• Assure that the finger joints are not flexing, extend them too

Hope this helps you more effectively stretch the forearm!  Let me know what you think and if you do something different.



Why and How to Stretch Before You Throw

Why and How to Stretch Before You ThrowAs baseball and softball season approaches, I wanted to address a few things that I think could really help your performance.  Today, we’ll discuss why you should be stretching before you throw, and more importantly, how to stretch before you throw.


If You Throw a Ball, You Will Get Tight

That is just a simple fact.  We actually proved this several years ago in an article in the American Journal of Sports Medicine.  We found that immediately after throwing a bullpen, pitchers lost 10 degrees of internal rotation of their shoulder.  The eccentric nature of decelerating after you throw produces damage to the muscles much like after what you feel when you get a good lift in, and are tight the next couple of days.

In a nutshell, your rotator cuff and other posterior shoulder muscles get tight from the trauma of throwing.  If this isn’t addressed, it is cumulative and will get tighter and tighter over time.

So what do we do about it?  I always recommend some good manual therapy, massage work, and “smart” stretching prior to throwing.  What if you don’t have someone to work with?  There are some stretches that I would recommend, and not recommend.


I Don’t Recommend the Sleeper Stretch

The sleeper stretch has become a very popularly recommended stretch for throwers.  I’ve discussed what I don’t like about the sleeper stretch in the past, but essentially, I feel like it was developed for inaccurate reasons as a tool to help with GIRD (glenohumeral internal rotation deficit) before we really understood that the answer the GIRD wasn’t to torque your shoulder into internal rotation

In the 1000’s of baseball pitchers I have worked with, I don’t use the sleeper stretch, aggressively stretch into internal rotation, or routinely mobilize the posterior capsule.  Honestly.  In fact, I have seen more people do more harm than good by overusing the sleeper stretch

In my experience, GIRD has more to do with muscular tightness and alignment than anything else.  Addressing these with good manual therapy is more successful and less stressful on the shoulder.

Here are some interesting related links to read:

I should say that I do think there is a time and place for the sleeper stretch, but it isn’t my first line of defense.  If you don’t have someone to work with that can help, try the below two warm up stretches prior to throwing instead of the sleeper stretch and see if it they help.


How to Stretch Before You Throw

Remember earlier I mentioned that the rotator cuff and posterior shoulder get tight from decelerating the arm when you throw?  That is what the focus of stretch it going to be on.  Here are two ways to work on this area, one a simple stretch, and the other a self-myofascial release technique.


The Genie Stretch

The first stretch is called the Genie Stretch.  Russ Paine, a great PT and friend in Houston showed me this one and wrote about it in his chapter in my book The Athlete’s Shoulder.  It is essentially a cross body stretch of the back of your arm.  However, you use the opposite arm to enhance the stretch and stabilize the arm.  Studies have shown that cross body stretching is more effective than the sleeper stretch at restoring your shoulder internal rotation (your GIRD).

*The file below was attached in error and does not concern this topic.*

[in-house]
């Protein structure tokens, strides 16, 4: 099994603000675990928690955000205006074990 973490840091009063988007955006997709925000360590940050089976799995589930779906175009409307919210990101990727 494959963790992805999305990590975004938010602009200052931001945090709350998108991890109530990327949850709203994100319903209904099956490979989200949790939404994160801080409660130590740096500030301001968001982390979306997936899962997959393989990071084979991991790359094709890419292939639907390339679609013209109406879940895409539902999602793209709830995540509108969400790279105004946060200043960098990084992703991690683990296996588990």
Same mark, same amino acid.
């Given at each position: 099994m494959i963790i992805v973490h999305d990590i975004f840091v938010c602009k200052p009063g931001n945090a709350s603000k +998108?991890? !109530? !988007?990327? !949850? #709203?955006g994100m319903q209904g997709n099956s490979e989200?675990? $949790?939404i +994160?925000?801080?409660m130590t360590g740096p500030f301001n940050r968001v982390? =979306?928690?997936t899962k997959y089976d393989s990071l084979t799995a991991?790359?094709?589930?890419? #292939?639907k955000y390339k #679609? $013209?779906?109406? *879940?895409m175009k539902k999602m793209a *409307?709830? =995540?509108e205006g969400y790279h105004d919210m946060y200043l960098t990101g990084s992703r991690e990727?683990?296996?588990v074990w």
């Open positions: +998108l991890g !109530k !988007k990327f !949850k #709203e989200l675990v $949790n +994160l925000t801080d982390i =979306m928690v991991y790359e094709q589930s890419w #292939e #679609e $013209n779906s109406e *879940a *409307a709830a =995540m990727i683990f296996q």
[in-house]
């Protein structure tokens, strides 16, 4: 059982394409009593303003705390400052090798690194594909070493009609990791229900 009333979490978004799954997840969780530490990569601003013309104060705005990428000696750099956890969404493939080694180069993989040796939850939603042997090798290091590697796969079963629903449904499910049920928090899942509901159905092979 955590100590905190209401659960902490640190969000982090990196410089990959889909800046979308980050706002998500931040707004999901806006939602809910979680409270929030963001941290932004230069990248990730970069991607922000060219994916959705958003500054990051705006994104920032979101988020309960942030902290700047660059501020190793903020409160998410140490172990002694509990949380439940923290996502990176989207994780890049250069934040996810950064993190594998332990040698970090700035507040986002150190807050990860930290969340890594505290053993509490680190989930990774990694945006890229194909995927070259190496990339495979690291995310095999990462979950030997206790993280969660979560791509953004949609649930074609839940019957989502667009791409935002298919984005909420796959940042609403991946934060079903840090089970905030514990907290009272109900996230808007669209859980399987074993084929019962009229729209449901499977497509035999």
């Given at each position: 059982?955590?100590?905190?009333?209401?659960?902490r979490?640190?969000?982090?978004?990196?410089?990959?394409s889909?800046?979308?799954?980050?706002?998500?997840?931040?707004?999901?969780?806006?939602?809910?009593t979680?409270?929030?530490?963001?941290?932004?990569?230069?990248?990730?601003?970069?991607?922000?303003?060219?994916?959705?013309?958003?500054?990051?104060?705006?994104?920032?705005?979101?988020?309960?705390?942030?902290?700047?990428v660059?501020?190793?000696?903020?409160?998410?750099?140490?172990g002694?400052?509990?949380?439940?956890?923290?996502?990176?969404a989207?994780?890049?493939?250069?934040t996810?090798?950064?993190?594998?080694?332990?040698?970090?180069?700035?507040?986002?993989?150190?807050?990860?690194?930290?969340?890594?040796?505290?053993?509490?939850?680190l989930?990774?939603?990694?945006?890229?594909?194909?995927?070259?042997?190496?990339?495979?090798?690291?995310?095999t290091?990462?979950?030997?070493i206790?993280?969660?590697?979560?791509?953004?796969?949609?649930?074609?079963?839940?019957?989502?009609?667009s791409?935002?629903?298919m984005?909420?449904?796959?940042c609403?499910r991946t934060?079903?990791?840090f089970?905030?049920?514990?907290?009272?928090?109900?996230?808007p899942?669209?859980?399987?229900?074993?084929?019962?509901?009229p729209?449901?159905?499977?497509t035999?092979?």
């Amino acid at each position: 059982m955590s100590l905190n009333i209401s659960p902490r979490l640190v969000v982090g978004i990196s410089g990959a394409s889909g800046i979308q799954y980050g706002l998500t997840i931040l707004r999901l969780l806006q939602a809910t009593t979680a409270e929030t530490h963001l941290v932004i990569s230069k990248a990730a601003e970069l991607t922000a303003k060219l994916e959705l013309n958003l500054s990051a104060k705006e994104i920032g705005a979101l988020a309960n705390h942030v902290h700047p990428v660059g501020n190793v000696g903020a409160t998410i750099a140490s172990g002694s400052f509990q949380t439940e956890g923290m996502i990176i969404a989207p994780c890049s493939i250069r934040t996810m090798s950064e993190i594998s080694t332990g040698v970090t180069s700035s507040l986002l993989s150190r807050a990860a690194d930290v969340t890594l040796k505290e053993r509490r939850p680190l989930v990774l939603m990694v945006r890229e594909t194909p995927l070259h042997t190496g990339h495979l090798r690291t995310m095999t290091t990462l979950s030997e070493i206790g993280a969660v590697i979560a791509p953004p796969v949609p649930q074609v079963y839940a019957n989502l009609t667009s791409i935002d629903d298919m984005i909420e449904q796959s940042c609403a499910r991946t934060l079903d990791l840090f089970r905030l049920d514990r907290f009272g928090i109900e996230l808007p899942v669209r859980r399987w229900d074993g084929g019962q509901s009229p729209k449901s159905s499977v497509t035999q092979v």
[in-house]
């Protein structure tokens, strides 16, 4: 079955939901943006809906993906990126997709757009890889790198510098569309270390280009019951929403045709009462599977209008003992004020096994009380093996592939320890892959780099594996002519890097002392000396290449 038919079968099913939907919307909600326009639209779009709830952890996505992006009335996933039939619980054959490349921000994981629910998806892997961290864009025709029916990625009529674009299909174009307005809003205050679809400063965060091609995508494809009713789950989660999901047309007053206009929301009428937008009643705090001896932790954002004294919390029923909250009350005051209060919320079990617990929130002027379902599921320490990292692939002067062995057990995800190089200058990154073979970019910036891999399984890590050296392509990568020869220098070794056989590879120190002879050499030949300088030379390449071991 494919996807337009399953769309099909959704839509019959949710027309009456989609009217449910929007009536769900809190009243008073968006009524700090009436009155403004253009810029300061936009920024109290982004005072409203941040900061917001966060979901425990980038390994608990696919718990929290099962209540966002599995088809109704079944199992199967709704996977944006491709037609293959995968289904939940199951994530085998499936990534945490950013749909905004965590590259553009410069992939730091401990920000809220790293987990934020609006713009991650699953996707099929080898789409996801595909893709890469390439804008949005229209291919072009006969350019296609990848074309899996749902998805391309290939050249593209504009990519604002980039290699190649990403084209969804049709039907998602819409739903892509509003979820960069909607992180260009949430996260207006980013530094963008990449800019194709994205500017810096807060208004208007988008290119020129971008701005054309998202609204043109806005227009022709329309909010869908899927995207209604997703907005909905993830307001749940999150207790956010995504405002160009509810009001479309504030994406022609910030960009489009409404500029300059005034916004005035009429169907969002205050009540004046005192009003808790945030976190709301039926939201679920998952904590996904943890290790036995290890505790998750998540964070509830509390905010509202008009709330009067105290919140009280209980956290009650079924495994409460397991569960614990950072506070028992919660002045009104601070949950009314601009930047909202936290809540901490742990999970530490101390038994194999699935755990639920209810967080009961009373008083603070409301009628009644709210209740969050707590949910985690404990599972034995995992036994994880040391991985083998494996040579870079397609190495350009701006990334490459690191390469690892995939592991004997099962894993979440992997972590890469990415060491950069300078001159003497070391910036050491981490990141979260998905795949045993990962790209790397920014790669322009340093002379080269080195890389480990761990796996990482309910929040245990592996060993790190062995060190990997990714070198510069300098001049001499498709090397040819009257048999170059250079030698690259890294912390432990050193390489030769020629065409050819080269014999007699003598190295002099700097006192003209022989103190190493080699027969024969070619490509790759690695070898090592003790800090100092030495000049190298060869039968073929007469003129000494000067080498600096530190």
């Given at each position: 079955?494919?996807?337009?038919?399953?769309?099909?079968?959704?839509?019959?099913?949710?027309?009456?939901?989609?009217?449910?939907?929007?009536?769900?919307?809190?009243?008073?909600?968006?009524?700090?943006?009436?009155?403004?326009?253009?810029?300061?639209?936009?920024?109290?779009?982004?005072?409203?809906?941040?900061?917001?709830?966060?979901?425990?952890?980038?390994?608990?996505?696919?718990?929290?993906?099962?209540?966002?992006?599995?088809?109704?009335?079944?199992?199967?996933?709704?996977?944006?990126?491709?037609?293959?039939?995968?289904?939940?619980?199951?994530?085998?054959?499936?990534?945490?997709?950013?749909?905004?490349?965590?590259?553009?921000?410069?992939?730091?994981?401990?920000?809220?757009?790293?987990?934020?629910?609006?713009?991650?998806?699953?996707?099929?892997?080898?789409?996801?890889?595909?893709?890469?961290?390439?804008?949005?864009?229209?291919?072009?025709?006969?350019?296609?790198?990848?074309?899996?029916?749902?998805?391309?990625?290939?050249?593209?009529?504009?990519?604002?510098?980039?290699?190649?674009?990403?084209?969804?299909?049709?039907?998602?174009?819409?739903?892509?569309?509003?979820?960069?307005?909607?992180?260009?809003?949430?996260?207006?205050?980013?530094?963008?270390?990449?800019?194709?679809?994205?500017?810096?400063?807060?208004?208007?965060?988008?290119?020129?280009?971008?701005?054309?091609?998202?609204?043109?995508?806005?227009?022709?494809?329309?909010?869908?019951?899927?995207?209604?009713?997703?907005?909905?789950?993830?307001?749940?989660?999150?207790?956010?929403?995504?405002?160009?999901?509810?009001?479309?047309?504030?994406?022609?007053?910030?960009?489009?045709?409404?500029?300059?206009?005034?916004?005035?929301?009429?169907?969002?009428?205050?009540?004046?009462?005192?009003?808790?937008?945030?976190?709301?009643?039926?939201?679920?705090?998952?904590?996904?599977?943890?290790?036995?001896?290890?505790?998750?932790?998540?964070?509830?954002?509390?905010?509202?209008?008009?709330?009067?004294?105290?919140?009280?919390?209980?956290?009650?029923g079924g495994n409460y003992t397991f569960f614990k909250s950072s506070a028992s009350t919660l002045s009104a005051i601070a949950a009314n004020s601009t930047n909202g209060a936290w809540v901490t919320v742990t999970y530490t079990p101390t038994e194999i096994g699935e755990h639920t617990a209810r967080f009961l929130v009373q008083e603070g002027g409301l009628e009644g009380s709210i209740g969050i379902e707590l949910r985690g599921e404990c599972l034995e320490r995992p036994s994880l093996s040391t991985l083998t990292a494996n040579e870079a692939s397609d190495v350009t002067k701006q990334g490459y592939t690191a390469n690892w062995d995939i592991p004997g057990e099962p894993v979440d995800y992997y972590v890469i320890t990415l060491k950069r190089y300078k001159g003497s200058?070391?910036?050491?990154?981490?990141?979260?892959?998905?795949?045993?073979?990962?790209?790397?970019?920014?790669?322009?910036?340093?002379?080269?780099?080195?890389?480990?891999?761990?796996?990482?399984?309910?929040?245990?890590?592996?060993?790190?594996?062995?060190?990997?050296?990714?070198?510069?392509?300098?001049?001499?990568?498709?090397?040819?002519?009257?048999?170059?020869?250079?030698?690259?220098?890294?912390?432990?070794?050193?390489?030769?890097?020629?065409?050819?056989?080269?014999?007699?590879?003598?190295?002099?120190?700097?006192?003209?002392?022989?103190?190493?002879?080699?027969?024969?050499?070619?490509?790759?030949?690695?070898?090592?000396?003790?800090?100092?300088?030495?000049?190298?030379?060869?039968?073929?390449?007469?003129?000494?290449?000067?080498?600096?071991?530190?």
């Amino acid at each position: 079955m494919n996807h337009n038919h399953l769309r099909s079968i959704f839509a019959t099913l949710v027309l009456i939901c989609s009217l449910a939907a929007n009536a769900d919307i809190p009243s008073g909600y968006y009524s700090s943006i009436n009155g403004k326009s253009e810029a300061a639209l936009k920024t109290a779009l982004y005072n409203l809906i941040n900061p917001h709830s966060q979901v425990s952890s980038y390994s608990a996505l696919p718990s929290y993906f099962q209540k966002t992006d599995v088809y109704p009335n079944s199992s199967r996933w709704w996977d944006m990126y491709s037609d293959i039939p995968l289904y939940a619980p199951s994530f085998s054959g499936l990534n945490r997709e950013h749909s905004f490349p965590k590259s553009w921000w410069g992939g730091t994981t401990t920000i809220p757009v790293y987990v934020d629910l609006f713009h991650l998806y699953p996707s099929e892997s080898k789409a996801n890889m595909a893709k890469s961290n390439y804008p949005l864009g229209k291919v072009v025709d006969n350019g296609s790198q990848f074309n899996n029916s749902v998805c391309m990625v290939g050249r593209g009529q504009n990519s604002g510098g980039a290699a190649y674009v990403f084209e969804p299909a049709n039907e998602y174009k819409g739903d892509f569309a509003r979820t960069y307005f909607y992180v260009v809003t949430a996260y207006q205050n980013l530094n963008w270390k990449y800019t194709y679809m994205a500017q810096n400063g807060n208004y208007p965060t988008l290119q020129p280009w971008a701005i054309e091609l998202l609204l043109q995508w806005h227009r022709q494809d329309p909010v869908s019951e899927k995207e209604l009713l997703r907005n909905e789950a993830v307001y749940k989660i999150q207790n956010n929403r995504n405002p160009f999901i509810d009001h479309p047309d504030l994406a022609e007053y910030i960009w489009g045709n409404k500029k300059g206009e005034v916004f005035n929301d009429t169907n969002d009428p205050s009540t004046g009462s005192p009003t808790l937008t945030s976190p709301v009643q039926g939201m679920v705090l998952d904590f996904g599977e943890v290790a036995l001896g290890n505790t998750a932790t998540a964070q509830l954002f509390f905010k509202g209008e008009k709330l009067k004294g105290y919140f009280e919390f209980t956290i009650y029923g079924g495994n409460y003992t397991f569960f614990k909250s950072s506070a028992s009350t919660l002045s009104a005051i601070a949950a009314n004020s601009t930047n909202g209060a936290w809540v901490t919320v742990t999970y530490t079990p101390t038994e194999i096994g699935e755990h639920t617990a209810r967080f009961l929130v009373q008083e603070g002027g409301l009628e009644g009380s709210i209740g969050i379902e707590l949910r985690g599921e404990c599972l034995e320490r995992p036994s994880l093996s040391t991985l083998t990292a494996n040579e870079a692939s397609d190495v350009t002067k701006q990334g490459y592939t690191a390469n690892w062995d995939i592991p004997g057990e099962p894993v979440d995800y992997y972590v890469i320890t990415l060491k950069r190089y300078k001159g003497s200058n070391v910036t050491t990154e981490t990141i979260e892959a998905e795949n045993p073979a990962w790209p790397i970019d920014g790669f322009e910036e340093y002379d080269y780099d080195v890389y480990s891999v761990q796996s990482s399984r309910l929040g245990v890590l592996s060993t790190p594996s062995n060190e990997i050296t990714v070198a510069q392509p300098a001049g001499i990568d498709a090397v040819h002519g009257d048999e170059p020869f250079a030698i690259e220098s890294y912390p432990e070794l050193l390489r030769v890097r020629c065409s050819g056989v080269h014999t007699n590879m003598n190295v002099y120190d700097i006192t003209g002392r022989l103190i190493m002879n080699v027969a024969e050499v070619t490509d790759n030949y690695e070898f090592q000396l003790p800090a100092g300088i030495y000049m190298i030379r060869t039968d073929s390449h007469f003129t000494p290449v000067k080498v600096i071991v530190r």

To perform the exercise, cross your arms out in front of you with your throwing arm on the bottom.   In this position you’ll look like a genie (or at least the Genie from “I Dream of Genie,” not really the he genie from Aladdin…).   Grasp the back of your throwing elbow with your other hand and stretch across your body.  Your other arm pulls the arm across for the stretch and prevents the shoulder from rotating into external rotation.  Hold this stretch from 5-10 seconds and repeat 3-5 times.

Notice if you don’t stabilize the arm, your hand will want to drift up into external rotation as you come across the body.


The Trigger Point Stretch

Trigger Point Massage Ball

The next stretch is similar, however the focus is more on digging into the tissue with a trigger point ball than it is stabilizing the arm.  For this stretch you can use any type of ball.  Lacrosse balls and tennis balls work fine with varying amount of pressure.  But I do prefer either the Trigger Point Ball or one of the reaction balls with the nubs on them.

Skilz Reaction Ball

To perform this stretch, place the trigger point ball on the back of the shoulder and lean against a wall.  With the ball in place, perform the cross body stretch.  The trigger point ball acts as a deep tissue massage as you stretch the muscles.  You can play around with the position of both the ball and your arm to get a great trigger point release.  I like to find a good spot, hold for about 10 seconds, then perform the cross body stretch a few times with the ball in the same spot.  Do this in a few different spots.

That’s really it.  Try these two stretches before you throw instead of the sleeper stretch and see how you feel throwing.  If you are super tight and feel like you need to also do the sleeper stretch, that is fine, but if that is the case, you should probably seek some skilled help in working on your soft tissue.